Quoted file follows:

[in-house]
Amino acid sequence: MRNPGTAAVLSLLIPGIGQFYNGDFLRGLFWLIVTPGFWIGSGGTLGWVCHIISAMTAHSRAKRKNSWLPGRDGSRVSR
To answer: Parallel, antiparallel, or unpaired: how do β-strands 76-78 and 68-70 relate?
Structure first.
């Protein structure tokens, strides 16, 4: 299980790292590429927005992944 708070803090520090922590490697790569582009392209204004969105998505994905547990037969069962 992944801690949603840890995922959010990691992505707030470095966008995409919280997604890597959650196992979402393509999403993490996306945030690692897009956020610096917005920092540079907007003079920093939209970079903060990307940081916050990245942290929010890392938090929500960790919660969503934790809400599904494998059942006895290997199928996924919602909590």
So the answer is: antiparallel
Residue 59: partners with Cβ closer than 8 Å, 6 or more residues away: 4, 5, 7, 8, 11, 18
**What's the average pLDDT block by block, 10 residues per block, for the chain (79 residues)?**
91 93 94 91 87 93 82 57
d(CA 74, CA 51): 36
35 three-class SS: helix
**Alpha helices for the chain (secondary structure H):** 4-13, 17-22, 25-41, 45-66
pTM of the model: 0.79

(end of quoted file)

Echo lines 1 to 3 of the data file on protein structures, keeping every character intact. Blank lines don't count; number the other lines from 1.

[in-house]
Amino acid sequence: MRNPGTAAVLSLLIPGIGQFYNGDFLRGLFWLIVTPGFWIGSGGTLGWVCHIISAMTAHSRAKRKNSWLPGRDGSRVSR
To answer: Parallel, antiparallel, or unpaired: how do β-strands 76-78 and 68-70 relate?